My mom forwarded me an email today that my rabbi sent out to the congregation of my temple, reminding everyone that “Jews don’t despair,” that we should always stand up for oppressed people.
I’ve never been religious, but I’ve always been Jewish, and I’ve been thinking about that a lot in the aftermath of this election. I didn’t even realize until I saw it on Twitter, but it’s the anniversary of Kristallnacht, an event that kickstarted the Nazi regime into action and shattered the windows of thousands of businesses and synagogues across Germany. A friend sent me a photo of a window in south Philly with a swastika painted on the window next to Trump’s name. I stopped in a cemetery on my walk home and cried.
Last month, I made a podcast for a class project about the 40 Days for Life protests that took place outside of Planned Parenthood. I interviewed a woman who told me to connect the dots about the parallels between the Holocaust and abortion. I asked her to elaborate on that, because I’m Jewish and didn’t understand how she could say that. I was screaming in my head.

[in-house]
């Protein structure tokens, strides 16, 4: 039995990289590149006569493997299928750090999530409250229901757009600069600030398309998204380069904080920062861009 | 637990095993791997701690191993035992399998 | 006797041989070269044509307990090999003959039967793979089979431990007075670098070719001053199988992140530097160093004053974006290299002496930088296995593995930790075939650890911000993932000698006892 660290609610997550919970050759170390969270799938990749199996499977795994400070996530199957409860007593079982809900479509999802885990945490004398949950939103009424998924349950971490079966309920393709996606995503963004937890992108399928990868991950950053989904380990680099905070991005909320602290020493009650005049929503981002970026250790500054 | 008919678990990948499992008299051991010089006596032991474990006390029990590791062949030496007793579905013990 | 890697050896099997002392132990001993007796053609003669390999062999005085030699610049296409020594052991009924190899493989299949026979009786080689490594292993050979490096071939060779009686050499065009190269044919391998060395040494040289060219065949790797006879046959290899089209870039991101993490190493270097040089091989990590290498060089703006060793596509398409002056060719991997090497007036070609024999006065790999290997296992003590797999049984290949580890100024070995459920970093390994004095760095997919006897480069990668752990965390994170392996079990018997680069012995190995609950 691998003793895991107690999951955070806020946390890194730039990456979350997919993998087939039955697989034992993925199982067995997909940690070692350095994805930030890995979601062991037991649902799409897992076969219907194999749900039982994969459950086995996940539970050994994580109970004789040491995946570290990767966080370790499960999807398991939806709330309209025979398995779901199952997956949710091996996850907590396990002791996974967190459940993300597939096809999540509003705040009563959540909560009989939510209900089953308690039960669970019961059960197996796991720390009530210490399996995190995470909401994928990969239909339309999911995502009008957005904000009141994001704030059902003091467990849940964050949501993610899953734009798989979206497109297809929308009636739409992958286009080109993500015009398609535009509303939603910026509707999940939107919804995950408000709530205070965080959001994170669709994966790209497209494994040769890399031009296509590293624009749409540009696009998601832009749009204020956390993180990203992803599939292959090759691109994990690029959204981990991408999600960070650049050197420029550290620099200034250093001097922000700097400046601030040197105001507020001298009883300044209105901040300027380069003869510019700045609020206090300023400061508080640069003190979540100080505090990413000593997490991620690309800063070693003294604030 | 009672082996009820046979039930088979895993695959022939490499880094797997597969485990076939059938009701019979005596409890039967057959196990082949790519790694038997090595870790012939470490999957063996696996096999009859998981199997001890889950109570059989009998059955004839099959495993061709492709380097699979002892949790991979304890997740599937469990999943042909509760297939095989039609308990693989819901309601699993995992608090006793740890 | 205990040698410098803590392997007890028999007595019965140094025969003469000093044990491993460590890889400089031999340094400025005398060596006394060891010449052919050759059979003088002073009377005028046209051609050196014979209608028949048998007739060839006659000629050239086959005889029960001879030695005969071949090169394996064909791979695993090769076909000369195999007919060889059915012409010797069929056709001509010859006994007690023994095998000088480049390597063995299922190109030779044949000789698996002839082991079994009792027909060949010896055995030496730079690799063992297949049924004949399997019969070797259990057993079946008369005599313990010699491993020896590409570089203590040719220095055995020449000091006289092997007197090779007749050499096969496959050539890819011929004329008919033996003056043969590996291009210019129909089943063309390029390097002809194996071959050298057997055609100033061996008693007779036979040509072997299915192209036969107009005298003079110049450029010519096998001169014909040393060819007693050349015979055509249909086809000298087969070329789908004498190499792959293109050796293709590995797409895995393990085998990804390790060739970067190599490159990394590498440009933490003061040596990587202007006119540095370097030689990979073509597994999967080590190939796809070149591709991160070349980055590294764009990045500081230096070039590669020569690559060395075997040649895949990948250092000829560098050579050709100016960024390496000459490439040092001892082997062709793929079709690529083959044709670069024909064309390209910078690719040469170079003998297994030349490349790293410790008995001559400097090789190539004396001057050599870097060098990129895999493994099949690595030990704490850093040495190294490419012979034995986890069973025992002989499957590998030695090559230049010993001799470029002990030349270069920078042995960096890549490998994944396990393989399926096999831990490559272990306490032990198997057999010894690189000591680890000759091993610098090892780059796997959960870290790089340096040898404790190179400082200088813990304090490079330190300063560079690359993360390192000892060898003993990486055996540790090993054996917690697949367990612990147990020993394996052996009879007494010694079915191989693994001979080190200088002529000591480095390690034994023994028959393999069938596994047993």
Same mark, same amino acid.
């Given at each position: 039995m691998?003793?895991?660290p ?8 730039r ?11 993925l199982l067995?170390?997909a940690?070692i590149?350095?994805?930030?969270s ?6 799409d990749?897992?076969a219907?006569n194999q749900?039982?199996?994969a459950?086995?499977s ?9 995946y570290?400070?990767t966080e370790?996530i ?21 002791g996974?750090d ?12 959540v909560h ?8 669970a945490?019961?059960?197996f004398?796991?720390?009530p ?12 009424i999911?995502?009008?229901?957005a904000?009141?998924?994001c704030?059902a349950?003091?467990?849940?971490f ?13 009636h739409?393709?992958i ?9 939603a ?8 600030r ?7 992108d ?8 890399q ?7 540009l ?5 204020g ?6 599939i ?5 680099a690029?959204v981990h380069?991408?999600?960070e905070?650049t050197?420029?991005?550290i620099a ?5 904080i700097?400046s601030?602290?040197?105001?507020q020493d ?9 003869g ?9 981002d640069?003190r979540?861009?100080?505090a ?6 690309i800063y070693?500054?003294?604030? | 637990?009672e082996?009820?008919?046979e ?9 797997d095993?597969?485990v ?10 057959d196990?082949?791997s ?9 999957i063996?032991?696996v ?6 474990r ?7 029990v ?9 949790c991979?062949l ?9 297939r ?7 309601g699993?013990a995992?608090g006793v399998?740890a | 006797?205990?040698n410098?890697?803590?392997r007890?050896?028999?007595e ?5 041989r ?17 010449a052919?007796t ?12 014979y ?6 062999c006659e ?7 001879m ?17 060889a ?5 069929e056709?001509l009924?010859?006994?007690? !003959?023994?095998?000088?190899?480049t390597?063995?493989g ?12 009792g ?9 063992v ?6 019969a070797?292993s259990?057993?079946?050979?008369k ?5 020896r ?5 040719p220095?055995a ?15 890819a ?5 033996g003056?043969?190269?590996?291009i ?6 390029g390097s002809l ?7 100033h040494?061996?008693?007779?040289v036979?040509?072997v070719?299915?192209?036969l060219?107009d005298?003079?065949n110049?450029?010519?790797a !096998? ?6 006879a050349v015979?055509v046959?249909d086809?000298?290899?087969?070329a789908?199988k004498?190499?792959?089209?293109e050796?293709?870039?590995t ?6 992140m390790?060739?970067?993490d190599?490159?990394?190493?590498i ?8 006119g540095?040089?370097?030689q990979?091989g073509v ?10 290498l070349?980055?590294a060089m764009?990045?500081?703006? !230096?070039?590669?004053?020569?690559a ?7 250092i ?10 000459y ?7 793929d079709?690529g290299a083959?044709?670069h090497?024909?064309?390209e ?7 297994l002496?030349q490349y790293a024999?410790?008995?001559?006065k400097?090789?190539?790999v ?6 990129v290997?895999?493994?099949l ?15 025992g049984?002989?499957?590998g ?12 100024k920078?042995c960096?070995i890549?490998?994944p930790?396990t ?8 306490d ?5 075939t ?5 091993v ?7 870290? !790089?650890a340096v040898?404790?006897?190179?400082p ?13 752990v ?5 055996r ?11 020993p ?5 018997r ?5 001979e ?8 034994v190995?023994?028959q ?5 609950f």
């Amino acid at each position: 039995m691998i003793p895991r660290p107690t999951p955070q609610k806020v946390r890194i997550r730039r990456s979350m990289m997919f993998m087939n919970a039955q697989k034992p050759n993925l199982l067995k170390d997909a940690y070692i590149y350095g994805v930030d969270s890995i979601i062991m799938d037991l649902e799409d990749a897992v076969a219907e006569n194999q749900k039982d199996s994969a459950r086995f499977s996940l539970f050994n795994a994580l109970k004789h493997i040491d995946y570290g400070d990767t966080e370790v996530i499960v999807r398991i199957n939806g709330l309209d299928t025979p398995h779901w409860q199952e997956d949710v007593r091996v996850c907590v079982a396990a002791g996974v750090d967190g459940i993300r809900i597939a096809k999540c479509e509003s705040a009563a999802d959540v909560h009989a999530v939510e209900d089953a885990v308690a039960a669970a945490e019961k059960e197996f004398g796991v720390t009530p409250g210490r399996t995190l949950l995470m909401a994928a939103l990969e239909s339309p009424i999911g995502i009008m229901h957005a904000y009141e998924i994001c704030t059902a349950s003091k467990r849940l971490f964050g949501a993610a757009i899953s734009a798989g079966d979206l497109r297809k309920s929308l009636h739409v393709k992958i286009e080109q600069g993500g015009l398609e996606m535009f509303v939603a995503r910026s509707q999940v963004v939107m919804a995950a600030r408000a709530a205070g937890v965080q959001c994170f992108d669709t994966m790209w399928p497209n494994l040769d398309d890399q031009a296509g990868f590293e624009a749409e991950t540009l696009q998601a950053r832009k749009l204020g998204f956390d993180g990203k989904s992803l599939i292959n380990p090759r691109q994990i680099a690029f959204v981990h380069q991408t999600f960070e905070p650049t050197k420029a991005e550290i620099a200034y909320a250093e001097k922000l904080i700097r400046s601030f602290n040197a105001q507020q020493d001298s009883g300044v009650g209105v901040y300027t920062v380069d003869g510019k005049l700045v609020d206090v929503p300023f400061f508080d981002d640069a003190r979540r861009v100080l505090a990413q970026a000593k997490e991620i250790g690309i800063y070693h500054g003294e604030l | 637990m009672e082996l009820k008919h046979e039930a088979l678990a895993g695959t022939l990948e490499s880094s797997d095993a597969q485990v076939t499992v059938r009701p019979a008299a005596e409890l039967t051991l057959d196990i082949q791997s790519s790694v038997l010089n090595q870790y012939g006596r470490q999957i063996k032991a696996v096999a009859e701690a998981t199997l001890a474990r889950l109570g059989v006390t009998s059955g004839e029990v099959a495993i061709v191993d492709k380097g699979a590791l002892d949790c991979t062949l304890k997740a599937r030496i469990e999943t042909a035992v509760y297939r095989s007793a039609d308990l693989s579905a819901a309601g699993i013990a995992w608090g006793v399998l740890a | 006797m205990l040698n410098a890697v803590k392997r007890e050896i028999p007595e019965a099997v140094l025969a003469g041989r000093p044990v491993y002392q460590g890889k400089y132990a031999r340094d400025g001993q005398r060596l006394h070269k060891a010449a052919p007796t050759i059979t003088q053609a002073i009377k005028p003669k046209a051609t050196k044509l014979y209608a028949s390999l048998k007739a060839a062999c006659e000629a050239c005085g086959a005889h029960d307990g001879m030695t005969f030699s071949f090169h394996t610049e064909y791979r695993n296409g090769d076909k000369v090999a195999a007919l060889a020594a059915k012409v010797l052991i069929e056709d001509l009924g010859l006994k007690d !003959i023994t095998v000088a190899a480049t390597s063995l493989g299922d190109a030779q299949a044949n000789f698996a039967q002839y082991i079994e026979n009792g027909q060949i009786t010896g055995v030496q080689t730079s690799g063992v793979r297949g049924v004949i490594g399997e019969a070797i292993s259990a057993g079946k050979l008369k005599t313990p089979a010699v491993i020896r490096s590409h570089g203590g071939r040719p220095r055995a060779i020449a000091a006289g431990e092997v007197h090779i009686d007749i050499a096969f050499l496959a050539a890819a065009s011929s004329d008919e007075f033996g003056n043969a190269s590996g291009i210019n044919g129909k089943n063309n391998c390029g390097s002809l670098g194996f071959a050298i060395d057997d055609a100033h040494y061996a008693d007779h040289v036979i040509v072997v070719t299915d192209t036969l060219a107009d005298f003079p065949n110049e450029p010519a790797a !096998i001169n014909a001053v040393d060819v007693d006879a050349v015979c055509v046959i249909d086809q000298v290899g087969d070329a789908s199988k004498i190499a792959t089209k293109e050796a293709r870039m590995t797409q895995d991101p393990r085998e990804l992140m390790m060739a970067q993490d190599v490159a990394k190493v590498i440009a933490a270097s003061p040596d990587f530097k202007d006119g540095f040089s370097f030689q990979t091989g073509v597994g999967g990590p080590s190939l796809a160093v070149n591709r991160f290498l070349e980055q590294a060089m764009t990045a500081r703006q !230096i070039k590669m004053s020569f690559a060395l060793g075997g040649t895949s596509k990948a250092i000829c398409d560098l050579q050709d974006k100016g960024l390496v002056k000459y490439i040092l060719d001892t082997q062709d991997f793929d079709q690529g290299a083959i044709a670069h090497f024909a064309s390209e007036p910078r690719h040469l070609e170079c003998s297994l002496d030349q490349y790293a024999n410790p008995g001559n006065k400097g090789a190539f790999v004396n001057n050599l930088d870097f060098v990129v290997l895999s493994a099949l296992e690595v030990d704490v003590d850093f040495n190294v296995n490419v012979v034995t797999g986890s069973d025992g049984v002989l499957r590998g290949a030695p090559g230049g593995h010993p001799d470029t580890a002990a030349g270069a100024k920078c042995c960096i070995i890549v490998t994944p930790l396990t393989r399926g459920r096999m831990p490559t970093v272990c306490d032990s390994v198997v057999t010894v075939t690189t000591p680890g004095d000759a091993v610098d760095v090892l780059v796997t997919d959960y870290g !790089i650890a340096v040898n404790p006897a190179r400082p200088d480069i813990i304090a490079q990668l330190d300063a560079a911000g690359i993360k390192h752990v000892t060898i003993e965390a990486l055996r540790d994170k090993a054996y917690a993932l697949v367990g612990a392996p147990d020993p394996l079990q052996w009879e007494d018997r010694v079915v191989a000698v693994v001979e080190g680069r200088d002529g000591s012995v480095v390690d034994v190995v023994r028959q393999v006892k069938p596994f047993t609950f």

Friday is the anniversary of my grandma’s death. She had a wire hanger necklace, to represent the fight for the right to abortion. I wear it all the time. Her parents fled the pogroms in Russia, and she would be crying watching the news right now.
Yesterday, I watched a video of a student protest outside Hillman at 4 a.m. One distraught black woman was crying, yelling about how scared she was that she would have her rights taken away. An apparent Trump supporter assured her our future president won’t do that, despite months of campaigning that’s told us otherwise. He began yelling, “I’m a Jew,” as if that was an excuse, as if he understood oppression in the same way as black and brown and queer and trans people. As if he wasn’t selling his people down the river, and disappointing his, and my, ancestors in the process.
If I learned anything going to Sunday school growing up, it was the idea of “Never Again.” We cannot let this happen again. We cannot let oppressors win and we have to defend the oppressed. Never again means never again.
– Hannah Lynn, senior